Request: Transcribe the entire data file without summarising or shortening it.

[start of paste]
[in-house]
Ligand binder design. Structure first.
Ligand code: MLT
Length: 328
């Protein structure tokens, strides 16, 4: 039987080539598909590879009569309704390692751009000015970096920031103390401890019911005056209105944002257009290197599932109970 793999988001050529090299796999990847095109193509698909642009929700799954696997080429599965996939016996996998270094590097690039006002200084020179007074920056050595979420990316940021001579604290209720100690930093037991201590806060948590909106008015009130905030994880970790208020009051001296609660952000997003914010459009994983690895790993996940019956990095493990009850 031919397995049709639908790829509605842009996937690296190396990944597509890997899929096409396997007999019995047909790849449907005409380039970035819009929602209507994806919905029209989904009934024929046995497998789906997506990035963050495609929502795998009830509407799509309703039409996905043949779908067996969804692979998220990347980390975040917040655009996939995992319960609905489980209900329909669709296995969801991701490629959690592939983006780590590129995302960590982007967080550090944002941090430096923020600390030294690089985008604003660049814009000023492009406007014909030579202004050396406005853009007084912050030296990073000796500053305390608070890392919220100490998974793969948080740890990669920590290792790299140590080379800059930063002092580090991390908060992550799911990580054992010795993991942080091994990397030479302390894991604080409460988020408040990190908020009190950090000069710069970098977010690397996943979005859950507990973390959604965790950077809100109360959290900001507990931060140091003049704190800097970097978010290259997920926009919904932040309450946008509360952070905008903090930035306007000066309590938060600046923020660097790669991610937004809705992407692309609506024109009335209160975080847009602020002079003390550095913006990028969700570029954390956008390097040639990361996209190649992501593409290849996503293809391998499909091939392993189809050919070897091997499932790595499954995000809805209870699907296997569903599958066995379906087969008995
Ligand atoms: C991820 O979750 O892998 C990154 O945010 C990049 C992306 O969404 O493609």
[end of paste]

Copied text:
[in-house]
Ligand binder design. Structure first.
Ligand code: MLT
Length: 328
């Protein structure tokens, strides 16, 4: 039987080539598909590879009569309704390692751009000015970096920031103390401890019911005056209105944002257009290197599932109970 793999988001050529090299796999990847095109193509698909642009929700799954696997080429599965996939016996996998270094590097690039006002200084020179007074920056050595979420990316940021001579604290209720100690930093037991201590806060948590909106008015009130905030994880970790208020009051001296609660952000997003914010459009994983690895790993996940019956990095493990009850 031919397995049709639908790829509605842009996937690296190396990944597509890997899929096409396997007999019995047909790849449907005409380039970035819009929602209507994806919905029209989904009934024929046995497998789906997506990035963050495609929502795998009830509407799509309703039409996905043949779908067996969804692979998220990347980390975040917040655009996939995992319960609905489980209900329909669709296995969801991701490629959690592939983006780590590129995302960590982007967080550090944002941090430096923020600390030294690089985008604003660049814009000023492009406007014909030579202004050396406005853009007084912050030296990073000796500053305390608070890392919220100490998974793969948080740890990669920590290792790299140590080379800059930063002092580090991390908060992550799911990580054992010795993991942080091994990397030479302390894991604080409460988020408040990190908020009190950090000069710069970098977010690397996943979005859950507990973390959604965790950077809100109360959290900001507990931060140091003049704190800097970097978010290259997920926009919904932040309450946008509360952070905008903090930035306007000066309590938060600046923020660097790669991610937004809705992407692309609506024109009335209160975080847009602020002079003390550095913006990028969700570029954390956008390097040639990361996209190649992501593409290849996503293809391998499909091939392993189809050919070897091997499932790595499954995000809805209870699907296997569903599958066995379906087969008995
Ligand atoms: C991820 O979750 O892998 C990154 O945010 C990049 C992306 O969404 O493609």